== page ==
EXAMPLE 3

[0058] In a third example, a laptop computer electronic board was subjected, as in examples 1 and 2, to shredding using a knife mill equipped with a screen having a 5 cm mesh. The fragments obtained have a mean size of 5 cm.

[0059] 30 g of the fragments thus prepared were then introduced into an autoclave having a volume of 300 ml in which they were bought into contact with 30 g of water. The temperature in the autoclave was raised to 600.degree. C. which made it possible to achieve a pressure of 250 bar. These pressure and temperature conditions were achieved in around 30 minutes. The fragments were then maintained under these conditions for 60 minutes, then the autoclave was depressurized.

[0060] The solid phase was then separated from the liquid phase by filtration on filter paper having a porosity of 2.5 .mu.m, so as to recover all of the solid phase.

[0061] The solid phase was then passed through the crusher described in FIG. 2 for a duration of around 1 to 3 minutes, until there were no longer, visually, any particles exiting the screen. The portions thus crumbled were recovered and have a particle size of less than 2 mm.

[0062] The metals thus separated from the resin may be subjected to a low-intensity magnetic separation, under a magnetic field of 400 gauss. The non-ferrous metals, including the precious metals, were thus separated from the scrap iron.

[0063] FIG. 3 presents an electron microscope image of the solid portion obtained after passing through the crusher represented in FIG. 2. The solid has a light surface (16) of homogeneous appearance and dark deposits (17) on this surface.

[0064] A determination of the local chemical composition was carried out by SEM-EDS in different zones of the board seen in FIG. 3. More specifically, an analysis was carried out on the light zone (16) of the board, and two analyses were carried out on two of the darker zones (17). The results are presented in FIGS. 4 (analysis of the light zone) and 5 and 6 (analysis of the dark zones).

[0065] In the SEM-EDS analysis, a stream of electrons bombards the sample and gives rise to an emission of x-ray photons, the energy spectrum of which characterizes the constituent elements of the material to be analyzed. This spectrum is analyzed by a semiconductor detector which produces voltage peaks proportional to the energy of the photons received (principle of Energy Dispersive Spectroscopy, EDS). The voltage peaks obtained make it possible to quantify the elements emitting at a given energy, expressed in kiloelectron volts (keV). By way of example, FIG. 6 shows in particular the emission peak of yttrium, level L (Y L), at around 1.9 keV.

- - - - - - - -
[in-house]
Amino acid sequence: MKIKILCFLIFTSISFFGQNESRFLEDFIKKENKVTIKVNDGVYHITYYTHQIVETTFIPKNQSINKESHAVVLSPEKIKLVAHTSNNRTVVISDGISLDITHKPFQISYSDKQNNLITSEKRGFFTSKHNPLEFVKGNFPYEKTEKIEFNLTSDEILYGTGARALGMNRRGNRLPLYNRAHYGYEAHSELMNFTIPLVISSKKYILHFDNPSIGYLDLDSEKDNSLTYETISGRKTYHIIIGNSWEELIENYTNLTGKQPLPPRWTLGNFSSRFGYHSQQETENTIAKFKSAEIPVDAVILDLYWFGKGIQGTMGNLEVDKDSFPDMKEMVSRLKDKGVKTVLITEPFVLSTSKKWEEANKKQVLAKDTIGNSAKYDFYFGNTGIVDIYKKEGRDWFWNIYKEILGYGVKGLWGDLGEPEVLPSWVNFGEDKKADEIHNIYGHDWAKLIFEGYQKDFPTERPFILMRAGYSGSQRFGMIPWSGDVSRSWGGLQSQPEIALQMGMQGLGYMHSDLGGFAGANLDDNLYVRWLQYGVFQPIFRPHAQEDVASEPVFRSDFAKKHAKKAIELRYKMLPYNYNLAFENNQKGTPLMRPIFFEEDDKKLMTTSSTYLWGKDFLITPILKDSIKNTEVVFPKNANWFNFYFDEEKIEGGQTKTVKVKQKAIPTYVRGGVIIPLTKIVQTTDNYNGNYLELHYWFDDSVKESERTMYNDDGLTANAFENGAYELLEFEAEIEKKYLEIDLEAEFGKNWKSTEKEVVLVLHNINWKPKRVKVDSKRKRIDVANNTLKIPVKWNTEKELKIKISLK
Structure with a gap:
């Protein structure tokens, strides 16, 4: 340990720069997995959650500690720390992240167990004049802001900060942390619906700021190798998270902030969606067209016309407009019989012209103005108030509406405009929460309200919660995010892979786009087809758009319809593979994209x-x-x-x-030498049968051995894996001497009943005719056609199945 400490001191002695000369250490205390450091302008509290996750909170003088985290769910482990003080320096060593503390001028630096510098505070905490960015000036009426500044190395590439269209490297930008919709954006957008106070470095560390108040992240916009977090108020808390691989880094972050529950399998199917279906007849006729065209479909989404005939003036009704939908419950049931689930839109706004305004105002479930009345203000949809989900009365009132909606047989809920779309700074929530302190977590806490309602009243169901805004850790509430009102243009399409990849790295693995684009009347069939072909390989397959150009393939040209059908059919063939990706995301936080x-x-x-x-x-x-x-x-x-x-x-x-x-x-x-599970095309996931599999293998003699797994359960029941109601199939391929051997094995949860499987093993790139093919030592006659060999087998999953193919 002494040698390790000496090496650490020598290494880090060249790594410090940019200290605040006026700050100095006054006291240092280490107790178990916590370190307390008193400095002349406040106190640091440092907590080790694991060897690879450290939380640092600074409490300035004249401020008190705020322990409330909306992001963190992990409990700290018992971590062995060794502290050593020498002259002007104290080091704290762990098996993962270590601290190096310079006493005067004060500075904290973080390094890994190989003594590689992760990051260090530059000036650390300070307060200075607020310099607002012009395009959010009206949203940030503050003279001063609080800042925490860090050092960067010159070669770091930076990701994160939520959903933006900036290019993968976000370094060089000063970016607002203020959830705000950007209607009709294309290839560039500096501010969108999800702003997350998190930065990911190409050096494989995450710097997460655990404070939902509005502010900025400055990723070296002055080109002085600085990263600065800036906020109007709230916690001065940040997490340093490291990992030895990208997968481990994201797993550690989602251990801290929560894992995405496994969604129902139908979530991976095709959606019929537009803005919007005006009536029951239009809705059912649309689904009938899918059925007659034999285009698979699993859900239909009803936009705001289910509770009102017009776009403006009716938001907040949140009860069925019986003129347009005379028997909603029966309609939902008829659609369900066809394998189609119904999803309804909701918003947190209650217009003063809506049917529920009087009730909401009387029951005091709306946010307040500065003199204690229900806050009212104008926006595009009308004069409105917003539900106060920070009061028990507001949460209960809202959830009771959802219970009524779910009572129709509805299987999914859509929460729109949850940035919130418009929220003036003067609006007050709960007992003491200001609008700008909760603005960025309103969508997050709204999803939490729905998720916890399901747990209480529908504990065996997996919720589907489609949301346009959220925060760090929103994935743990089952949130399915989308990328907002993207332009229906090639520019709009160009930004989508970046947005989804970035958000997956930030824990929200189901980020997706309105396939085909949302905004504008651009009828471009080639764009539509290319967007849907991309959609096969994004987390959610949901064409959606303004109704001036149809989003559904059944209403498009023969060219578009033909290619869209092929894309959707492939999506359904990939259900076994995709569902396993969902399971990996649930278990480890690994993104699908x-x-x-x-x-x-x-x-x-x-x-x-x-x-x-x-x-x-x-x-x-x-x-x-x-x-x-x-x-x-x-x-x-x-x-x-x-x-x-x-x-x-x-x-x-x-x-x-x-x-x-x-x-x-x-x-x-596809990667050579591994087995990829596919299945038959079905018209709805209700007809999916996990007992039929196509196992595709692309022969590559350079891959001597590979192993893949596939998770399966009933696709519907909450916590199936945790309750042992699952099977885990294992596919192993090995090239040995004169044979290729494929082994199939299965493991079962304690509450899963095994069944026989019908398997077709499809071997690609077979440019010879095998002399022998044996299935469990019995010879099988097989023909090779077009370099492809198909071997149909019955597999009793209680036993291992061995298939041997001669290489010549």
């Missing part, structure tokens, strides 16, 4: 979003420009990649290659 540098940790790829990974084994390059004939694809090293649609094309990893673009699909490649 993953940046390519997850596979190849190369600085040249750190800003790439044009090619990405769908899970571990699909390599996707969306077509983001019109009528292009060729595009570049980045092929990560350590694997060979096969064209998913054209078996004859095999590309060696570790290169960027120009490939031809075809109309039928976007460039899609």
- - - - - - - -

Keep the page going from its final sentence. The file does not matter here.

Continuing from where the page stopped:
[0066] Thus, FIG. 4 shows a zone composed of virtually pure copper metal. Conversely, FIG. 5 and FIG. 6 show little copper but a lot of calcium, tin, europium and yttrium oxides.

[0067] A similar characterization to that carried out for the pure solids was performed on the fines recovered after crushing and constituted of the fibers of the reinforcement of the board. The SEM image (FIG. 7) presents an assembly of acicular particles, that is to say in the form of needles and of homogeneous appearance. Due to the fact that the initial fibers have a needle shape and that the resin has no particular shape, it appears that the fines mainly contain fibers. The supercritical water has therefore mainly attacked the resin of the electronic board and not the fibers.

[0068] This is confirmed by the results of analysis of the local chemical composition by SEM-EDS (FIG. 8). This analysis makes it possible to identify the glass fibers of the board (silicon, calcium and aluminum oxides, traces of barium). The analysis reveals copper, but in the form of ultra-trace amounts.

[0069] Table 4 presents the chemical composition data of the liquid phase at the outlet of the step of attack by supercritical water, after the filtration (step 4 of FIG. 1) of the products of example 1.

TABLE-US-00003 TABLE 4 Elements Ag Al As Ba Be Cd Co Cr Content 0.44 0.22 0.07 420.95 0.00 0.22 0.01 0.00 ppm Elements Cu Li Mn Ni Pb Sn Sr Zn Content 81.55 1.49 1.40 2.34 0.32 0.00 13.69 0.27 ppm

[0070] It appears that the liquid phase contains very few metal elements, in particular very little Ag and Cu. Almost all of the metals are thus recovered in the solid phase of the treatment by supercritical water. The chemical analysis of the fraction of fines obtained after crushing (FIG. 8) also reveals an absence of copper. The process presented therefore makes it possible to recover almost all of the copper in a solid phase, which may subsequently be treated by hydrometallurgy. Advantageously, the solid phase may, prior to the hydrometallurgical treatment, be subjected to magnetic separation in order to eliminate the ferrous particles

* * * * *